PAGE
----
Additionally, choosing when to display the form is important. If you mention logo design in an article a quarter of the way through, set the Bloom optin to trigger after scrolling between 30-35% so your readers see the form while the content is fresh in their mind. Or you can offer up a discounted logo design for subscribers after they make a purchase. Or you could even surprise your readers by having an optin appear after they comment to encourage discussion and foster community.
These kinds of contextual email optins work wonders because they’re not the stale popups that we get every single day.
If your content is pretty in-depth, and you know your readers will remain inactive for the duration of reading it, set the trigger after inactivity or trigger after time delay to grab their attention while they’re fully invested. I prefer to use inactivity here, personally, because time-delay tends to be more obnoxious than useful.
Plus it tends to pop up when you don’t want it to, and inactivity lets you have slightly more control over when you expect your users to slow down on your page.
Your Users, Your Context
The biggest benefit for a Bloom contextual email optin is that you can choose which pages and posts you include specific optin forms on.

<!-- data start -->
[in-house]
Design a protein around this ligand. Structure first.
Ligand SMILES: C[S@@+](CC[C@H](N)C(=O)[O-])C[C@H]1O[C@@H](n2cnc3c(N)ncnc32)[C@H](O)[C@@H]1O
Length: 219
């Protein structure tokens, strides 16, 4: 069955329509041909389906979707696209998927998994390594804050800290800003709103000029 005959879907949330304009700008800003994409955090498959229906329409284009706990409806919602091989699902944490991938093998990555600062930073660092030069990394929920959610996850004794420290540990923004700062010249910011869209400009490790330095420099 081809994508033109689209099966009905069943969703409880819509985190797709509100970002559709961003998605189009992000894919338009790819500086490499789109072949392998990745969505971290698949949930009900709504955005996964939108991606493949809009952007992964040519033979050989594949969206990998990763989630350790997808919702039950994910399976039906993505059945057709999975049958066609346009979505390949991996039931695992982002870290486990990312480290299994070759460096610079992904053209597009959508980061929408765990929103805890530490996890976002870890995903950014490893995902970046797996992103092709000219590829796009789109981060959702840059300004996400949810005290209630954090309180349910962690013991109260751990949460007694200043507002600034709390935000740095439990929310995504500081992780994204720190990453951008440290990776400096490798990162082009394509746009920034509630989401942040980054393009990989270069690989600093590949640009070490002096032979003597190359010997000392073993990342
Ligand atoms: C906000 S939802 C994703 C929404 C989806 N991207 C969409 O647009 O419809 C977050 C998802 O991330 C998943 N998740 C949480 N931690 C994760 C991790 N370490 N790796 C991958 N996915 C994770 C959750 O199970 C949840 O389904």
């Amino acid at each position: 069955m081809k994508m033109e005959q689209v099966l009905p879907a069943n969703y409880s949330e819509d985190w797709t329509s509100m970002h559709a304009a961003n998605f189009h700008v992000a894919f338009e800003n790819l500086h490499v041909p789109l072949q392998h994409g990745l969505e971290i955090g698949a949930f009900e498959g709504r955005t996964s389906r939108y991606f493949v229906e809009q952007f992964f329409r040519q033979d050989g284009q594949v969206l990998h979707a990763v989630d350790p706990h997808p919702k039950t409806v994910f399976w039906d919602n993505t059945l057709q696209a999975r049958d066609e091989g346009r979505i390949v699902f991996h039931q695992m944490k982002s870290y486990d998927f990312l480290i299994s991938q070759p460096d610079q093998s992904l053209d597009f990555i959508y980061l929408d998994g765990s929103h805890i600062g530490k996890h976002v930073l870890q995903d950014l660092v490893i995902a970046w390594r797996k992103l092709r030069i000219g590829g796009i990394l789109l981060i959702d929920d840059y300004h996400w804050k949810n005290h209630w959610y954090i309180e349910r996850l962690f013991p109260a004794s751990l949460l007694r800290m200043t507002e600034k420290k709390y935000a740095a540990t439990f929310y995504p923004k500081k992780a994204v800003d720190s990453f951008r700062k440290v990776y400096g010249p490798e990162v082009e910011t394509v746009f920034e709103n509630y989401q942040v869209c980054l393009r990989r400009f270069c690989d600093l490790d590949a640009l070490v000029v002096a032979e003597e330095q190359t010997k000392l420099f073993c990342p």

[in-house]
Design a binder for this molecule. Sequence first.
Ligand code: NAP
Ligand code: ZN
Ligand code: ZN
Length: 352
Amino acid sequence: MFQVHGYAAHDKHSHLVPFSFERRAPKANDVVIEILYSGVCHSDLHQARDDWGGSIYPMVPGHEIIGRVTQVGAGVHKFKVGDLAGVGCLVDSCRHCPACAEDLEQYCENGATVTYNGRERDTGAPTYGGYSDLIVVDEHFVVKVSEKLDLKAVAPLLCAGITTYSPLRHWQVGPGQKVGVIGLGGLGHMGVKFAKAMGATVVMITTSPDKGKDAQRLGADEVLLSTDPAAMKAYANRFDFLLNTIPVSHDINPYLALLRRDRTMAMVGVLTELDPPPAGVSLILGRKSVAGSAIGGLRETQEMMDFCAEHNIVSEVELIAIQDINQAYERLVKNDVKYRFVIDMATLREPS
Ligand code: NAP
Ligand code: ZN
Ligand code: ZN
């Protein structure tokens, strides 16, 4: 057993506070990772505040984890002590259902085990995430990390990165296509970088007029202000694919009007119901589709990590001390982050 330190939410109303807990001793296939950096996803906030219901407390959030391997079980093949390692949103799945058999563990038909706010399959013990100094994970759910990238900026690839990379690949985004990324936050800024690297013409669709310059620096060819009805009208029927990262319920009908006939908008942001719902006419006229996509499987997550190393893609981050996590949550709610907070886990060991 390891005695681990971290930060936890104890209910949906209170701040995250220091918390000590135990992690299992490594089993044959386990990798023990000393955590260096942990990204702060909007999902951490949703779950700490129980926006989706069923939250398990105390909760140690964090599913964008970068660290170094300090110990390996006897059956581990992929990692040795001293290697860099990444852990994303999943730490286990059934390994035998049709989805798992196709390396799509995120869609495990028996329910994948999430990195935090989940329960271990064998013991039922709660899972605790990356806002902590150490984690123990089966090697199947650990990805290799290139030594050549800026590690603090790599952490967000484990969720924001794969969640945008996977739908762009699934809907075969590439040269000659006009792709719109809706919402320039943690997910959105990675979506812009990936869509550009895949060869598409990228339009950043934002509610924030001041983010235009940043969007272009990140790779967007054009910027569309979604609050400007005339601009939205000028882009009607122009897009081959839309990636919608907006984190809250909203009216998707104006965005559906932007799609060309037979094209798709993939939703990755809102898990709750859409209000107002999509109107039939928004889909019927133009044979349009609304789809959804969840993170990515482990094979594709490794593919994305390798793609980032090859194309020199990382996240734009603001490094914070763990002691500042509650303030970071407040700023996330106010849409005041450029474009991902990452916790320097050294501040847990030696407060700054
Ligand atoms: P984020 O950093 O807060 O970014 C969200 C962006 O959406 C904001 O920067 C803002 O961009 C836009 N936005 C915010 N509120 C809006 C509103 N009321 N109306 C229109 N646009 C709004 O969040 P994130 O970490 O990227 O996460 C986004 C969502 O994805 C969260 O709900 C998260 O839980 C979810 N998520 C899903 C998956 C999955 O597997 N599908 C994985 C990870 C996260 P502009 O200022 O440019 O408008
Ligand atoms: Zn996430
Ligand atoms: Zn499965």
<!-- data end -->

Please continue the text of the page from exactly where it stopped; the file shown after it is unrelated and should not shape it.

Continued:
For instance, for your logo promotion, you can include it on, let’s say, any post in your Logo Design category. Or you can have a separate form setup that sends a special YouTube channel promo on your Video Production categories or tags. And if you leave all of the Display On boxes unchecked, you can simply type in individual pages or posts you want to include the optins on, giving you even more customization.
Being able to tailor your optins like this makes Bloom super powerful. I love being able to have segmented lists in Mailchimp that have different automations for different ways people optin. All you do is repeat this process for each style of list or optin you want, and you’re good to go. In the initial setup of the form, you would just choose whichever specific list would target those specific users. (You’d have to get it set up in your email service first, though.)
The Sky’s the Limit
Bloom gives you a ton of options to really configure your email forms for as much contextualization as you want or need. If you just need a time-sensitive optin, you can have it. A content-sensitive one? Donezo. Maybe even a contextual optin based on how long you want your visitors to spend on the page? You got it.
If you’re really looking to up your email game and score some conversions, you really should look into Bloom and experiment with a contextual email optin or two.
Article featured image by hanss / shutterstock.com